Safe driving in old age - our guide

Safe driving in old age - our guide
Life expectancy has steadily increased over the past 50 years and as a result there are now more pensioners than children in the UK.

This increase is reflected on the UK’s roads, with the number of driving licences amongst older people also rising.

While being able to drive, and the freedom it brings, is particularly important for older people, it is also important to be aware of the effects ageing can have on the ability to drive safely.

Anyone concerned about their parents’ and an elderly friend’s ability to drive safely may be interested to know that there are services in place that encourage people to make considered decisions about their driving skills.

Even though the majority of motorists stop driving at the right time, up to a third may stop driving earlier than necessary, with a further 10 per cent continuing to drive with questionable levels of driving fitness.

Our guide, provided by RAC Car Insurance, offers valuable advice for people who are concerned about their elderly parents’ driving ability and how best to discuss the subject with them.

Should you talk to your elderly parents about their driving?

Talking to someone about their driving can be a difficult subject to tackle at the best of times. However, if you strongly believe someon is a danger to themselves and other road users, it is essential that you talk to them.

Before you do so, it is important to put yourself in their shoes, so you can begin to imagine how they might feel and respond to the idea of having to give up driving. It is also imperative to remember that many people see driving as an essential part of their independence, so broach the subject sensitively and tactfully.

Refresher driving lessons for elderly drivers

Many elderly drivers are likely to become quite defensive when faced with the subject of them stopping driving.

As a middle ground, rather than asking your to stop driving entirely, you could suggest that they take a refresher course.

These courses offer individuals a professional assessment of their driving and help them determine whether it is safe to continue driving or whether they need to stop.

The Royal Society for the Prevention of Accidents (RoSPA) and the Institute of Advanced Motorists (IAM) are both reputable organisations that provide objective driving assessments and courses.

These assessments can last approximately one hour, are conducted by an experienced assessor. Once the assessment is complete, they will receive a report reviewing their driving ability.

Alternative methods of transportation for seniors

If, following an assessment, your elderly parent decides it is no longer safe for them to drive, you could then help them look at alternative methods of transportation.

These alternatives could include:

Free older person’s bus pass

Depending on when they were born, and where they live, they may be able to apply for an older person’s bus pass and travel free on local buses in England.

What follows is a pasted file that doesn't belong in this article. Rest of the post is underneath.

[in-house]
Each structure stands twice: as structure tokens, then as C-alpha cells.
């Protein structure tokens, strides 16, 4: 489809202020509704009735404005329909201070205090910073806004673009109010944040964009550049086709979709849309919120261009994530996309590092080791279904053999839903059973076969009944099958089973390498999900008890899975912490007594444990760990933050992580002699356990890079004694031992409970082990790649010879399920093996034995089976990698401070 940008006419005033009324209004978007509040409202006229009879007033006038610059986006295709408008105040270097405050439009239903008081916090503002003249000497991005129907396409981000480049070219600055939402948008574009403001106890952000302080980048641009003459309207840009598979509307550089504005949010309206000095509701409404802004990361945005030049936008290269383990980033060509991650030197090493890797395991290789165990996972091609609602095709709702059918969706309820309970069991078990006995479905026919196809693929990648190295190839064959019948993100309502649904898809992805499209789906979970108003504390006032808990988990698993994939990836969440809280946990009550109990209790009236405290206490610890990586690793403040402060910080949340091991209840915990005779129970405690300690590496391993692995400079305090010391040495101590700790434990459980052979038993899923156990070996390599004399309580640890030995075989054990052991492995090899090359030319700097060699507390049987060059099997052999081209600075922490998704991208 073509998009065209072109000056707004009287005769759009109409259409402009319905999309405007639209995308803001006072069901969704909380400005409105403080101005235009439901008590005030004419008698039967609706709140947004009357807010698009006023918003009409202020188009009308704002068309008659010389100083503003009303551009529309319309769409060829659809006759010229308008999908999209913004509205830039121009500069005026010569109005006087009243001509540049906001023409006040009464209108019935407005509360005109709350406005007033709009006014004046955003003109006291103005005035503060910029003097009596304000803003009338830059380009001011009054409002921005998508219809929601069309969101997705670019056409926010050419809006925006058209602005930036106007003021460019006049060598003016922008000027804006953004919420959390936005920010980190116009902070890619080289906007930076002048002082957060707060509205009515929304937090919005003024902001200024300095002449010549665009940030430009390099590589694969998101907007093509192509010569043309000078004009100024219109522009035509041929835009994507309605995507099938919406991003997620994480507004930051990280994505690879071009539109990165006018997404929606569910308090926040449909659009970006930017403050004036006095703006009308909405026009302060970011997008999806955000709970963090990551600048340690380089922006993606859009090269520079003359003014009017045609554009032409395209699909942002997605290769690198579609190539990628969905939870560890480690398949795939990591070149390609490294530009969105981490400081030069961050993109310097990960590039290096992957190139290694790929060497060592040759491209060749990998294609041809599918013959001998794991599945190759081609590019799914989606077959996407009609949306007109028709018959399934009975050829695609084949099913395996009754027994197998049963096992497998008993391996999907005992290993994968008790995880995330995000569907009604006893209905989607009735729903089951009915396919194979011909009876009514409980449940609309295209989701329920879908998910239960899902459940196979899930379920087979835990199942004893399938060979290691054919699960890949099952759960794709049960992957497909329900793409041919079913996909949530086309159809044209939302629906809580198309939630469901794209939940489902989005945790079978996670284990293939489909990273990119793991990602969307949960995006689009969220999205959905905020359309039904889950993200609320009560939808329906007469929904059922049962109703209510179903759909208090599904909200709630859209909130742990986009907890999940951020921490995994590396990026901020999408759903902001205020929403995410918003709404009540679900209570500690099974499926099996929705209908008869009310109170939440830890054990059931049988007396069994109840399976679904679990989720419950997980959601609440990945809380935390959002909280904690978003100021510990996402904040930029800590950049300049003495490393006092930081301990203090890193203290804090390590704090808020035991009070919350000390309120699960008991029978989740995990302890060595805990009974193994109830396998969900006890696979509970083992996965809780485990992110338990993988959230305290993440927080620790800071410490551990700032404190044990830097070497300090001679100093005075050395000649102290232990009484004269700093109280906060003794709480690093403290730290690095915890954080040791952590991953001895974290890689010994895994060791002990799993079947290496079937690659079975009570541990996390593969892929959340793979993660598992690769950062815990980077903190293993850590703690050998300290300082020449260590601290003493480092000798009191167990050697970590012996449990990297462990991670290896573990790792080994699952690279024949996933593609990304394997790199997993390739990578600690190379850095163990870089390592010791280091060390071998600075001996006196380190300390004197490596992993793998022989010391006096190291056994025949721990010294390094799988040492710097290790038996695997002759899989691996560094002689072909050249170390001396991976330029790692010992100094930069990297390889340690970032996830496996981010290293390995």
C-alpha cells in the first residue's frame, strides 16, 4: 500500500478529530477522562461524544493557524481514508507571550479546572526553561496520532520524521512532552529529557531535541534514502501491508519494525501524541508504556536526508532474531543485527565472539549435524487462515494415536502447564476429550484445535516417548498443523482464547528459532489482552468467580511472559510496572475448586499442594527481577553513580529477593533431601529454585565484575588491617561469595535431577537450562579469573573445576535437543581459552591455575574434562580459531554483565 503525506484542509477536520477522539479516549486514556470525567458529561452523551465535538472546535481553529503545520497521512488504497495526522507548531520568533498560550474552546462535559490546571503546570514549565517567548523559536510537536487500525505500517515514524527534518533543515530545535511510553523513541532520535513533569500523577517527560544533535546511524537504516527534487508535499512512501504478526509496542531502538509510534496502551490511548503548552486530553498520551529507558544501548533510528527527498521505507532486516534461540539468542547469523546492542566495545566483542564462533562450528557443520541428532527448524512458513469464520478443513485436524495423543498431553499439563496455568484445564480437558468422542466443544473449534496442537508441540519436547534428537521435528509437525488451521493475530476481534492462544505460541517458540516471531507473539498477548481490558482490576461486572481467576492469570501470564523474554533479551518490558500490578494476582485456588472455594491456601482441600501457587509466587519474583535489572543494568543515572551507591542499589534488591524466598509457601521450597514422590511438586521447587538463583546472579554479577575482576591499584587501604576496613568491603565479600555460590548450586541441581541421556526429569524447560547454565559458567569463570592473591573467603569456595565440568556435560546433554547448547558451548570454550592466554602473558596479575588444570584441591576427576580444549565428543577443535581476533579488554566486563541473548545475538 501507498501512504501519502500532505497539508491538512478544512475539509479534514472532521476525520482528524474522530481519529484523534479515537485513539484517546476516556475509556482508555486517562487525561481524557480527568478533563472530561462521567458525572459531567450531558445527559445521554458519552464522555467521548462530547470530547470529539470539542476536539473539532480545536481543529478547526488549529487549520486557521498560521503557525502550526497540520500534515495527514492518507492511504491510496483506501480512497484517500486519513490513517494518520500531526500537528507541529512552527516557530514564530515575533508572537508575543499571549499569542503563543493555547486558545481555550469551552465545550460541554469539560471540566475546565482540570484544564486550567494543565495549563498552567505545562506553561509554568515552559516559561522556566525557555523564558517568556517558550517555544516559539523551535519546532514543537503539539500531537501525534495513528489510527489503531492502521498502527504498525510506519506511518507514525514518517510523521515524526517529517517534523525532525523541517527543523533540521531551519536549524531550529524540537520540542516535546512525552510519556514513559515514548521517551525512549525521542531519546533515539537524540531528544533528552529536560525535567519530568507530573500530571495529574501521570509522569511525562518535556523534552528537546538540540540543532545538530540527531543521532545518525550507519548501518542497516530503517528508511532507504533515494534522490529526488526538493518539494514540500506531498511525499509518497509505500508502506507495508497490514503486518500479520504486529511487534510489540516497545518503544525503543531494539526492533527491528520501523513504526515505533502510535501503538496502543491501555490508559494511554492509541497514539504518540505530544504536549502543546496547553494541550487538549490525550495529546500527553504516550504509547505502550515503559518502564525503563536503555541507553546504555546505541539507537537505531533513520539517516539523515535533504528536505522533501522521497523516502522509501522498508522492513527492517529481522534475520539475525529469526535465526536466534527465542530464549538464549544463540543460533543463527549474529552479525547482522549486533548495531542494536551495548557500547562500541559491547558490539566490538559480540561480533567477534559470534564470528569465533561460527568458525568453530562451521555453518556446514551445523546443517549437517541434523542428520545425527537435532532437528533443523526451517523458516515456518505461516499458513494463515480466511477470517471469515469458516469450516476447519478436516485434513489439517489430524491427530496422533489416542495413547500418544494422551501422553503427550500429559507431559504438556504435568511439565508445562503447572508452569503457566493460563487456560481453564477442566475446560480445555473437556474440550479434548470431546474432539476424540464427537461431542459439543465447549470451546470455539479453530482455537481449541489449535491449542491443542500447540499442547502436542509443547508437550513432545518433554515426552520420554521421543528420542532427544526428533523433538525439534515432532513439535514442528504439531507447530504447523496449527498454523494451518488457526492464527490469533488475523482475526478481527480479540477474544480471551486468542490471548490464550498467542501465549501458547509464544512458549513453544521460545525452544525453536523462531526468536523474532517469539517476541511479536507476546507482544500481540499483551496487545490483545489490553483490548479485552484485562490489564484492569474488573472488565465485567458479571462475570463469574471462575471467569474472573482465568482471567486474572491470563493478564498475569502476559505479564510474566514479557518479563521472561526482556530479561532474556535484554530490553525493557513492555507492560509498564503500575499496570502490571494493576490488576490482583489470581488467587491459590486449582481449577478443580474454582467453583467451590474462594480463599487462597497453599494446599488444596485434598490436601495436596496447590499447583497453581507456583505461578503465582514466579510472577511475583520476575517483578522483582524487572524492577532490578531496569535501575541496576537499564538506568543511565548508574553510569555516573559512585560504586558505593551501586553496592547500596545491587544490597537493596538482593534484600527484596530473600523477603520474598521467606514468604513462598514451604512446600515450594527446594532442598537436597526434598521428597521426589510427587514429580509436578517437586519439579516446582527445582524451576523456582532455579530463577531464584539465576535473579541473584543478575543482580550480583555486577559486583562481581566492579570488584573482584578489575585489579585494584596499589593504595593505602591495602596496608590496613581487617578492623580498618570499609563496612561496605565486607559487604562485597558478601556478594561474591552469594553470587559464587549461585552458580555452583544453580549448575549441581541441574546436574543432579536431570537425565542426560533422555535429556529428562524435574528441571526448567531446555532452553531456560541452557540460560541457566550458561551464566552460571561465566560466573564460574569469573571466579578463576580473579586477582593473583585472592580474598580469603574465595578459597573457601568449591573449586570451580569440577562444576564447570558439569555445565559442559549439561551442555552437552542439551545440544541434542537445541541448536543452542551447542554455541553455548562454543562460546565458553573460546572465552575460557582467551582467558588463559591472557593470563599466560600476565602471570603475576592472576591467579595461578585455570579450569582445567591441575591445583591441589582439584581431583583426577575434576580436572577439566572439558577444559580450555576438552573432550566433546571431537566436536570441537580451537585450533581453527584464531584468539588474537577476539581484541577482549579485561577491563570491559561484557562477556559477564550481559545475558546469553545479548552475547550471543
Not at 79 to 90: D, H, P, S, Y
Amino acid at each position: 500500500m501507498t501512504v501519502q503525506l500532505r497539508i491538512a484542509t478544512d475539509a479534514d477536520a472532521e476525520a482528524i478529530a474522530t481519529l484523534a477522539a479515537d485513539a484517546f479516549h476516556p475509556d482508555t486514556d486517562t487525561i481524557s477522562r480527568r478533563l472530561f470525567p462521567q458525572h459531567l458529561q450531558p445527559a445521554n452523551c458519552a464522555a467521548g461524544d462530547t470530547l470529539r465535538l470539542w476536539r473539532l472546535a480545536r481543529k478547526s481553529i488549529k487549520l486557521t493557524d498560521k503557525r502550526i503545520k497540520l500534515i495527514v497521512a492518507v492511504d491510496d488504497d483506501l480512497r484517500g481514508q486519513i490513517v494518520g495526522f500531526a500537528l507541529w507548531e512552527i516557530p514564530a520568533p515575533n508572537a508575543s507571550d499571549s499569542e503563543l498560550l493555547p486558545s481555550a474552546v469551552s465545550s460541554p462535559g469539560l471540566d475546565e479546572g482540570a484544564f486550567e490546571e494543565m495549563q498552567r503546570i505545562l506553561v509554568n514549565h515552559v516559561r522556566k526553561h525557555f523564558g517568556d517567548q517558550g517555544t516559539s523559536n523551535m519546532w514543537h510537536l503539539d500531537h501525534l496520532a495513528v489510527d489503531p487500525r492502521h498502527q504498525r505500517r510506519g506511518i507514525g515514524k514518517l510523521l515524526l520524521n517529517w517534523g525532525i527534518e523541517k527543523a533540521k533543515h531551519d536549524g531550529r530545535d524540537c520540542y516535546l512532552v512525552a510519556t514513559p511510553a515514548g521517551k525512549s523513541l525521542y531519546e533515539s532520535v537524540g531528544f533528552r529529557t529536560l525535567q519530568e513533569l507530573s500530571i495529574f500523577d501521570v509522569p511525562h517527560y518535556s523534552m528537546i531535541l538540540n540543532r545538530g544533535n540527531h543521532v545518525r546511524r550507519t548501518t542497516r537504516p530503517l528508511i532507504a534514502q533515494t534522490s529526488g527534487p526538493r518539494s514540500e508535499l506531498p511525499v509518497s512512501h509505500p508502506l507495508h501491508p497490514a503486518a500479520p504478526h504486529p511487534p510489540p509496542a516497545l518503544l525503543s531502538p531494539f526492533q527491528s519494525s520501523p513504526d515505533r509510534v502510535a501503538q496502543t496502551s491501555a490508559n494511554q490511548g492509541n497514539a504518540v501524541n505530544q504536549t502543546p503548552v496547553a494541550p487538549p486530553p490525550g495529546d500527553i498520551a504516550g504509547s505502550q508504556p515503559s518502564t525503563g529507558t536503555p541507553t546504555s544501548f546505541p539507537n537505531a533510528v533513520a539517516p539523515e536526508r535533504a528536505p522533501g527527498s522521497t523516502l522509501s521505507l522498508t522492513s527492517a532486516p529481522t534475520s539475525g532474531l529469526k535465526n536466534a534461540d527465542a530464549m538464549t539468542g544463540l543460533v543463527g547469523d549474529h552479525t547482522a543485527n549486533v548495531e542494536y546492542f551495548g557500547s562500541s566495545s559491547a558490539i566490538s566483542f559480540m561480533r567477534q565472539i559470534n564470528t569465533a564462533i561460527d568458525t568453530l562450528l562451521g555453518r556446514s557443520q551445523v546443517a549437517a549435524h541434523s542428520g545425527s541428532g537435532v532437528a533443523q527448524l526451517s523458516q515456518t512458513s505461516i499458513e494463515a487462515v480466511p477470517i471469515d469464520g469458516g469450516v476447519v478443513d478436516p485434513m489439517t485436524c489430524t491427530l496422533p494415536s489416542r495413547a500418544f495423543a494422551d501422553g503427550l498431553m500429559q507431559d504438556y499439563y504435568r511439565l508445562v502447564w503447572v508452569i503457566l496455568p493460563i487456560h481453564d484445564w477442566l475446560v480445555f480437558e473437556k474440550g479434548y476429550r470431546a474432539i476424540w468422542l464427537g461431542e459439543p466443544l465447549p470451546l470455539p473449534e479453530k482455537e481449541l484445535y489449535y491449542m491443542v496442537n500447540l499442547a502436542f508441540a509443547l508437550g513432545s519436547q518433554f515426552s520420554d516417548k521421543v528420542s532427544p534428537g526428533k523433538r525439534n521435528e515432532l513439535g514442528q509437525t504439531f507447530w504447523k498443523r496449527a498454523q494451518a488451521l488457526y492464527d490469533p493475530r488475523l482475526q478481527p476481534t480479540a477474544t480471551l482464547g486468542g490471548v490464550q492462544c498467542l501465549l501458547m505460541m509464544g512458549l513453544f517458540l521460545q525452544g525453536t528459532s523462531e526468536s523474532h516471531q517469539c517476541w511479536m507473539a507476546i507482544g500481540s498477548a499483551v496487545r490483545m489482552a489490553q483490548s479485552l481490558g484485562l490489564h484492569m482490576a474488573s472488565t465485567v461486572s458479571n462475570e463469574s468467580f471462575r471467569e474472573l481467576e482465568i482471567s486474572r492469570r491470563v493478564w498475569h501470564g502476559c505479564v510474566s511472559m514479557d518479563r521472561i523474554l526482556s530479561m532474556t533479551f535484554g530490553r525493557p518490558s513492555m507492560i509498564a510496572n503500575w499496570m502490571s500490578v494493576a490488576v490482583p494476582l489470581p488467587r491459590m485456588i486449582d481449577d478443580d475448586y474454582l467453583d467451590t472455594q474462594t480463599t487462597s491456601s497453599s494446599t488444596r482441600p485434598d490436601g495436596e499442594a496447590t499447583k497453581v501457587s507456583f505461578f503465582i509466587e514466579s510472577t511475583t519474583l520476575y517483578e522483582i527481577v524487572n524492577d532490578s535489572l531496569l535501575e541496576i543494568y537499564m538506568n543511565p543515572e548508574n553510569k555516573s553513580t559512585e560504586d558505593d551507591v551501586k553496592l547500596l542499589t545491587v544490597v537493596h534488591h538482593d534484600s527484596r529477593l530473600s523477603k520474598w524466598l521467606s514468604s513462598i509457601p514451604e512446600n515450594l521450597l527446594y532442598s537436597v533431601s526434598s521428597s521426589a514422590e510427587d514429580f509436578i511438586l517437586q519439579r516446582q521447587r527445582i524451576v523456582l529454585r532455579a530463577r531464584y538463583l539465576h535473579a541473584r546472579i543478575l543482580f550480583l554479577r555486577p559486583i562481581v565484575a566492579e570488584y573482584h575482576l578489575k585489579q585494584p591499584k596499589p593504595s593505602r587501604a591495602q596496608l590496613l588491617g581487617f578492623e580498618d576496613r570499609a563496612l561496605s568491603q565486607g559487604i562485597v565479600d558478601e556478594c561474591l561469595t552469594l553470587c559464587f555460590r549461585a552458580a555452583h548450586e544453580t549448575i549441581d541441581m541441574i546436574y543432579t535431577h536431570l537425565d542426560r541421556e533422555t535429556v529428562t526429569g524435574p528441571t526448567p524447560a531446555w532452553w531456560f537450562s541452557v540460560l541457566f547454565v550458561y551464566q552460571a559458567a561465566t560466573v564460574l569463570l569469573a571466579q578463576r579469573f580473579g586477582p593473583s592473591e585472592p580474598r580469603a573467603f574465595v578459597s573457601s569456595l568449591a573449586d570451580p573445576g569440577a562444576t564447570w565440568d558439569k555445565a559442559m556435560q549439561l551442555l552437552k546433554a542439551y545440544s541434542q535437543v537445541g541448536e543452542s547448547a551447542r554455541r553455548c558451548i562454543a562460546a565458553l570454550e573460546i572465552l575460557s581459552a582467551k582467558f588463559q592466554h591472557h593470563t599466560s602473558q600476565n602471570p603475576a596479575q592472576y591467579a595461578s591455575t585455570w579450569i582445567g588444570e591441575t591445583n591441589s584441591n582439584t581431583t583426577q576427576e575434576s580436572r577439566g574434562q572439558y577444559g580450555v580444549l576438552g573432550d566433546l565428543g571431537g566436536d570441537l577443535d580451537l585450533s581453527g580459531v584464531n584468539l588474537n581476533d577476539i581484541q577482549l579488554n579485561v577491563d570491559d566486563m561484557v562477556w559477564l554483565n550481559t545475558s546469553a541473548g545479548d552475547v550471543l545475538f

Senior Railcard

Available to anyone aged 60 or over, the Senior Railcard enables users to make big savings on most rail fares in the UK.

The cards can be ordered online at the Senior Railcard website or at most staffed railway stations, where you will need to bring your birth certificate as proof of age.

London Freedom Pass 

If you are a London resident, the London Freedom Pass provides free or discounted travel across London transport networks, including trams, National Rail, the underground, river services and buses.

Regional concessions Similarly, different regions and local authorities may also have their own concessions that apply to local transport.

Contact your local council to find more about what they offer.

When to stop driving

There is no legal age at which anyone must stop driving, so ultimately it's the individual’s decision.

However, there are numerous health conditions outlined by the Driver and Vehicle Licensing Agency (DVLA) which may mean a person is no longer safe to drive.

If your elderly parent insists that it is safe for them to continue driving, encourage them to think about their health and whether they are putting themselves and other road users at risk.

Drivers should consider stopping driving if:

  • Their reactions are noticeably slower than they used to be
  • They find traffic conditions increasingly stressful
  • Their eyesight isn’t above the legal limit
    • Individuals must be able to read a number plate 20 metres away, with both eyes open
    • Vision must be above than 6/12 (decimal 0.5) on the Snellen scale.
  • They have a medical condition that may affect their ability to drive safely – consult a GP for advice

Find further information here on car insurance or speak to one of our RAC advisers on 0330 159 1019 to get a quote.